Jordan Closes 200 MW Solar Tender With Record-low Tariffs

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Project developers eager to set up solar PV power projects in Jordan took a shot at the lowest-ever tariff in the second round tender under the country’s solar power program.

Jordan_flagsJordan allocated 200 MW of solar PV power projects in the second round auction, after a total of 33 companies had submitted technical proposals to set up power projects. However, only 24 of them submitted financial bids eventually. Four developers submitting the lowest bids would be selected to develop 50 MW capacity each. The lowest tariff bid has been submitted by a Greek company, SUNRISE Photovoltaic Systems, which placed a bid of just US¢6.13 per kWh.

Saudi Arabia’s ACWA Power won a 200 MW tender from Dubai Electricity and Water Authority earlier this year with the lowest-ever bid of ¢5.98 per kWh.

SUNRISE Photovoltaic Systems, founded in 2006, has been active in the Greek solar power market developing a number of projects. However, the company has no developed any project as large as 50 MW. According to the company’s website, the largest it has developed so far has a 3 MW installed capacity.

The second lowest bid was placed by construction company Saudi Oger, with a ¢6.48 per kWh tariff. Spanish developer Fotowatio Solar Renewable Ventures placed a ¢6.91 per kWh bid to win the right to develop 50 MW capacity. (Earlier this year Fotowatio was acquired by Dubai-based Abdul Latif Jameel Energy and Environmental Services.) The final winning bid was placed by a subsidiary of the Chinese project developer Hareon Solar. Hareon Swiss Holding placed a bid of ¢7.97 per kWh.

Some of the other prominent project developers who placed bids but could not make the cut include SolaireDirect (¢8.02/kWh), Mainstream (¢8.68/kWh), Kawar-First Solar (¢8.8/kWh), SkyPower-FAS (¢8.98/kWh), SunEdison (¢9.04/kWh), and ACWA Power (¢9.29/kWh).

The lowest qualifying bid under the first auction of 200 MW capacity earlier this year was ¢14.8 per kWh.

Image Credit: Vyacheslav Argenberg | CC 2.0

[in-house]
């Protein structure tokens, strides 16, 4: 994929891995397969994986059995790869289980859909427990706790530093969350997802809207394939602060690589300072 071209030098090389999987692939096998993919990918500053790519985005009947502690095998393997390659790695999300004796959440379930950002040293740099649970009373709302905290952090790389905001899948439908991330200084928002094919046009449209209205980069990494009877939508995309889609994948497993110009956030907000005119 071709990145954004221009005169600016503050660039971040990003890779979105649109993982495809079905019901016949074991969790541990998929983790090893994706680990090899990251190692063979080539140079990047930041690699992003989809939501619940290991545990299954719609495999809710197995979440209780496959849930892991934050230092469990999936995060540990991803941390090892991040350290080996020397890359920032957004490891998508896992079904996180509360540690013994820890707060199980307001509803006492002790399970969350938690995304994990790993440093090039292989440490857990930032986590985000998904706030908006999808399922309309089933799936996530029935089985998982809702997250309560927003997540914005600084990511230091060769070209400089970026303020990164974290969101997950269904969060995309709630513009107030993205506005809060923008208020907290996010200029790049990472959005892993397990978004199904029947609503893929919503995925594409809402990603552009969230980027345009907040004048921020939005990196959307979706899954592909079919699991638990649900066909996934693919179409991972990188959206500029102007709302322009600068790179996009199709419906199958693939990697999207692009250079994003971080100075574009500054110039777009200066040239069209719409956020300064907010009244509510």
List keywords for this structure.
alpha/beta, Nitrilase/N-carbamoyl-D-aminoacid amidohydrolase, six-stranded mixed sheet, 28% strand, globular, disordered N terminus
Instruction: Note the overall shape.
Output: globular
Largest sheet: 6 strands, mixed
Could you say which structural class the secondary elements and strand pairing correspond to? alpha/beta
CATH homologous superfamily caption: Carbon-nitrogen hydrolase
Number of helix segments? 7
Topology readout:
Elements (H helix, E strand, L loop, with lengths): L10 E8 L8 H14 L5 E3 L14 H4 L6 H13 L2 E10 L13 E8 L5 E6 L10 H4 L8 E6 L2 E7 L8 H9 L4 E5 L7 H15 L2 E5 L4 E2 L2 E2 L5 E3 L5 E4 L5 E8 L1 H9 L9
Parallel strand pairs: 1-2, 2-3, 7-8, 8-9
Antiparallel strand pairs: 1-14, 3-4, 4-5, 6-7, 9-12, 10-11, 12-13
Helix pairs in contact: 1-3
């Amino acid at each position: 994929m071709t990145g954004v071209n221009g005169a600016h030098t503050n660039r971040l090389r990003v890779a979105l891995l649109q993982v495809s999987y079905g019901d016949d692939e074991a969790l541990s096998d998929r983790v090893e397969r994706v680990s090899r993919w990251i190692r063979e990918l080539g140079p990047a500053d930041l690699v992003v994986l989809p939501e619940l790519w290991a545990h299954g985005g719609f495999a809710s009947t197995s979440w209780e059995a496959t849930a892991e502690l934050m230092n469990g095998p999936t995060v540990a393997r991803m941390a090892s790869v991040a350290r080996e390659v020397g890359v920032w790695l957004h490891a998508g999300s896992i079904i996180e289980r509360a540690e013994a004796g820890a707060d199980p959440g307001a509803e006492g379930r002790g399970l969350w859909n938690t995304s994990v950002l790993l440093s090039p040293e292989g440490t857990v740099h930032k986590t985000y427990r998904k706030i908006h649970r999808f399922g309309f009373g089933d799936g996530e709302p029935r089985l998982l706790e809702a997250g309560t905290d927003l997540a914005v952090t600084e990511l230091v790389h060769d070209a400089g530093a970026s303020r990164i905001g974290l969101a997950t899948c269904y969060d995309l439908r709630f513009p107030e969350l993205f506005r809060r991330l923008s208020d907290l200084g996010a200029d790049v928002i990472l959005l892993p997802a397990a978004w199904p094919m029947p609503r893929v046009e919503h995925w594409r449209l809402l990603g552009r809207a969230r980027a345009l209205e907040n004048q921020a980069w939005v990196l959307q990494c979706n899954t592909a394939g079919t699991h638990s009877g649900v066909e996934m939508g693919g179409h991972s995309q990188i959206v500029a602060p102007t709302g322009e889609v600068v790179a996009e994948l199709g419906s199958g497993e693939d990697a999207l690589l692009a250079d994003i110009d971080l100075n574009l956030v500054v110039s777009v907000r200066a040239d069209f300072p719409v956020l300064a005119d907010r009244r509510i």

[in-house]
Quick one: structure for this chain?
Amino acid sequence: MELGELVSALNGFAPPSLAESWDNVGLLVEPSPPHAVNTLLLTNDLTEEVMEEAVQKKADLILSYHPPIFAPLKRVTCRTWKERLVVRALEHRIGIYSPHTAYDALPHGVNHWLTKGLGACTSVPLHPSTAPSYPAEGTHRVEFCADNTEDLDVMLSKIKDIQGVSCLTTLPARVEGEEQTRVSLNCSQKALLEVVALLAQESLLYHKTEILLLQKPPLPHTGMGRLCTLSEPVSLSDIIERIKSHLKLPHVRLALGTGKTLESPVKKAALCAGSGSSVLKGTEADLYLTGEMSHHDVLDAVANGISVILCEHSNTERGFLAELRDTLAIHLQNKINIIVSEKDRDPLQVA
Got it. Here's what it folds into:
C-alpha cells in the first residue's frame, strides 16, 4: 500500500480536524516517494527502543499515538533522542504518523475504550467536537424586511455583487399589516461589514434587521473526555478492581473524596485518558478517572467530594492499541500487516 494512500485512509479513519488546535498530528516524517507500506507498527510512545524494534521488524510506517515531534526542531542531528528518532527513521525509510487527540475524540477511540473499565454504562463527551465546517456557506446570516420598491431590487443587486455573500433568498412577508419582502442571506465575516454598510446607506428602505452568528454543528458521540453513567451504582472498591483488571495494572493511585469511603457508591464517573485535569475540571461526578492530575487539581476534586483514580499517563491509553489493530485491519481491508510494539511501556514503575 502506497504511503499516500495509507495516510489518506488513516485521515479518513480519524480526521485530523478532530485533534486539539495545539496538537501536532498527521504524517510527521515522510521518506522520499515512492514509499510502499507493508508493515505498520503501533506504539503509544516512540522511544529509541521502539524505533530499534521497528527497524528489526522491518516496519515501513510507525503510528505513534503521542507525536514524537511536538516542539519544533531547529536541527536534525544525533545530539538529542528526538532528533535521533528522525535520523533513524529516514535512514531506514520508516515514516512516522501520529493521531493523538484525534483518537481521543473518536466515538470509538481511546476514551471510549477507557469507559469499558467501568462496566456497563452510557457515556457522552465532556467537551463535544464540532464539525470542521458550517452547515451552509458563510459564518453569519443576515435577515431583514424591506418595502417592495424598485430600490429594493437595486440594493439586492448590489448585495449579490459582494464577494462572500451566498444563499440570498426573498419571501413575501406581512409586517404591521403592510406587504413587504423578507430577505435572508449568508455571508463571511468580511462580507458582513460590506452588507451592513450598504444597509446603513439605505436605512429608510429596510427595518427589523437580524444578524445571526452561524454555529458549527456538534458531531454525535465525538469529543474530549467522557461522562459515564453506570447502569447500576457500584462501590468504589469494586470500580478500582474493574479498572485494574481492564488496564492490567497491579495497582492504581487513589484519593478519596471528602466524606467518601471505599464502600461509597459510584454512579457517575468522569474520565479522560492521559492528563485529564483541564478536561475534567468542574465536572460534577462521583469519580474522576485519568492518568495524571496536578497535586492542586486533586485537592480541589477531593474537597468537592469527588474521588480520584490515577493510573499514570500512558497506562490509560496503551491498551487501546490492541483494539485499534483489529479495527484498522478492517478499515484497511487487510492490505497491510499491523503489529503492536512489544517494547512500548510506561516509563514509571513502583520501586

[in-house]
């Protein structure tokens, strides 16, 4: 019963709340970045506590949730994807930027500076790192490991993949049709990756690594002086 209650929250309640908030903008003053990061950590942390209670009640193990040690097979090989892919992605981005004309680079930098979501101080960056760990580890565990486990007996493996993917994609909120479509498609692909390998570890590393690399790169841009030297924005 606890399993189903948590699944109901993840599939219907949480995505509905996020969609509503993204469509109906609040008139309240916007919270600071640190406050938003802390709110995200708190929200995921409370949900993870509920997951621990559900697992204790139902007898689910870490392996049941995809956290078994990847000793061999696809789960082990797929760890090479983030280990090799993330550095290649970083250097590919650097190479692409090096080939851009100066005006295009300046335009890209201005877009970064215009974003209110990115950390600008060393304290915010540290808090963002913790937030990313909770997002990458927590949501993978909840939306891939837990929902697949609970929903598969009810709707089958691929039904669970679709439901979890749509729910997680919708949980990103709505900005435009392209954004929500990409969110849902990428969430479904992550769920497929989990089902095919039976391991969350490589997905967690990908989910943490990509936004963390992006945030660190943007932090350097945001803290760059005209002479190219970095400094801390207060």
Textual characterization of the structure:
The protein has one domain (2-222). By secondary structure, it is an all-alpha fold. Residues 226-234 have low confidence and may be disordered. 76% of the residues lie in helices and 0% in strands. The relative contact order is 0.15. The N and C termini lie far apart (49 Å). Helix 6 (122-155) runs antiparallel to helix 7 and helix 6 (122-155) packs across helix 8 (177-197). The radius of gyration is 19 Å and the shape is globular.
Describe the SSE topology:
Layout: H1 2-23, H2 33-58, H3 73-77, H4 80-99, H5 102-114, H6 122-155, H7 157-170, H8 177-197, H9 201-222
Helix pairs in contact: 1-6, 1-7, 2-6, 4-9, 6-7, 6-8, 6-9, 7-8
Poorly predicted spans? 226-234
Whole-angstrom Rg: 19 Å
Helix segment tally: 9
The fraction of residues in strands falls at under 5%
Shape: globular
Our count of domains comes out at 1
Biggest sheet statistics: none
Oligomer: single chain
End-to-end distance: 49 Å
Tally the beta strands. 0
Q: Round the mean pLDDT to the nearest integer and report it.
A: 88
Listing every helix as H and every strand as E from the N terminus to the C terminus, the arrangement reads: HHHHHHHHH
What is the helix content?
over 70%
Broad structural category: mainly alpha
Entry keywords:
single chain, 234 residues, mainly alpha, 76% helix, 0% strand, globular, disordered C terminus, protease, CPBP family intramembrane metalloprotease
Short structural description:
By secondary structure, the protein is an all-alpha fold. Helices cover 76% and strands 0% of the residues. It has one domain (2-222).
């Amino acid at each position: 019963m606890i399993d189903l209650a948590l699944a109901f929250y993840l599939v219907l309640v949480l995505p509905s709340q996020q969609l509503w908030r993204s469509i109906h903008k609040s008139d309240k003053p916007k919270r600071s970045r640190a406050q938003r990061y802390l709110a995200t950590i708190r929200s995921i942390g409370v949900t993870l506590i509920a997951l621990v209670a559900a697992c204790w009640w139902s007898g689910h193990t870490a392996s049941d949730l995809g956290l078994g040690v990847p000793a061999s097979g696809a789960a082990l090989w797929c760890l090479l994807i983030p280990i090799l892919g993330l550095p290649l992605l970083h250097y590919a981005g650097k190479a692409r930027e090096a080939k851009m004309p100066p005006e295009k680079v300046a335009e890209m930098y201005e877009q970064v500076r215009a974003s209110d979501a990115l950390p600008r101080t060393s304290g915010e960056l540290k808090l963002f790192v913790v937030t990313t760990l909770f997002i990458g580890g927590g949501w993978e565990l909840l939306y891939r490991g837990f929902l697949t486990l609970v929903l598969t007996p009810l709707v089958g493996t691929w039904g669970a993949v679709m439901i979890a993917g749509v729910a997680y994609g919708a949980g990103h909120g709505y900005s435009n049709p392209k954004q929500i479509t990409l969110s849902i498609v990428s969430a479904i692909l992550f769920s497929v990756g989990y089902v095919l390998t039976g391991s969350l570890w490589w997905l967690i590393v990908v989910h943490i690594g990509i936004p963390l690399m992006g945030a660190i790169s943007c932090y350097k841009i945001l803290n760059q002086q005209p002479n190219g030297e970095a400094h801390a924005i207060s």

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Mridul Chadha

Mridul currently works as Head-News & Data at Climate Connect Limited, a market research and analytics firm in the renewable energy and carbon markets domain. He earned his Master’s in Technology degree from The Energy & Resources Institute in Renewable Energy Engineering and Management. He also has a bachelor’s degree in Environmental Engineering. Mridul has a keen interest in renewable energy sector in India and emerging carbon markets like China and Australia.

Mridul Chadha has 425 posts and counting. See all posts by Mridul Chadha

3 thoughts on “Jordan Closes 200 MW Solar Tender With Record-low Tariffs

  • When will these guys get it that the cost of solar fuel is zero. The cost of a centralized system is not zero, but if you produce electricity on top of your roof and consume it on site with the help of batteries then the cost of the kwh will be almost zero too. That is because the initial investment is getting lower for the solar cells and the storage like Tesla powerwall. So the cost will tend towards zero and yet you get to see country after country getting fooled every day by a centralized system and paying what ever money it is just because the sun is shining on top of the country and in this case a Greek smart ass is making money from the shining sun over Jorden.

  • “The cost will tend towards zero …” Untrue, but even by your logic it is not there yet, so the current price is positive. Solar panels need resources to make, resources to ship, resources to install. The real question here is whether Sunrise can really meet the low costs implied. by their bid, since they don’t have much of a track record. The number of big developers bidding around 8c/kWh may be a better indicator.

    • Solar panels need cleaning too. Especially in dusty parts of the world.

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